Supreme Court: Outcome of Presidential Election Stands Skip to content

Supreme Court: Outcome of Presidential Election Stands

The Supreme Court of Iceland has rejected requests for a recall of the presidential election on June 30.


The Supreme Court of Iceland. Photo by Páll Kjartansson.

Three voters with disabilities believed their rights were violated as they were not able to choose their own assistants to check the ballot but were forced to rely on the assistance of representatives of the returning board, Fréttablaðið reports.

Presidential candidate Ástþór Magnússon believed his rights were violated as his lists of referees were deemed invalid, forcing him to drop out of the race.

The Supreme Court concluded that the election process had indeed been faulty as some voters with disabilities were allowed to have their own assistants help them vote, whereas others were not.

However, according to the court’s verdict, this did not impact the outcome of the election.

The Supreme Court reasoned that the regulations on secret voting are intended to protect voters from possible influence from others, not least from the people they know.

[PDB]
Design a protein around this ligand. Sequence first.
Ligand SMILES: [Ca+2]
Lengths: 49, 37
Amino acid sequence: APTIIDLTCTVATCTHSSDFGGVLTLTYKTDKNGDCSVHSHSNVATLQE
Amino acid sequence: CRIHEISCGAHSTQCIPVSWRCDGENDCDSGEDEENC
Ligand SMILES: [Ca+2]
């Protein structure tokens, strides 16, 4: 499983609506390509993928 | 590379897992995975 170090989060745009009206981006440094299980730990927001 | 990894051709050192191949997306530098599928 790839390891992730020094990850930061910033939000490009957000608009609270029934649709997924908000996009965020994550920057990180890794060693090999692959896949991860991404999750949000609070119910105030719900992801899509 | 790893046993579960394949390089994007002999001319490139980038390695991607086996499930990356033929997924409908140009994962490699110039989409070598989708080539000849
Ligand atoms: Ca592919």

Attorney Ragnar Aðalsteinsson, who represented the three claimants with disabilities, stated that when the election for the Constitutional Committee was deemed invalid, the Supreme Court did not comment on whether faults in the process had affected the outcome of the election.

However, in the Supreme Court’s verdict on this case, such reasoning is used, giving the public misleading information, Ragnar maintained.

Click here to read more about the outcome of the presidential election and here to read about the Supreme Court’s decision on the Constitutional Committee election.


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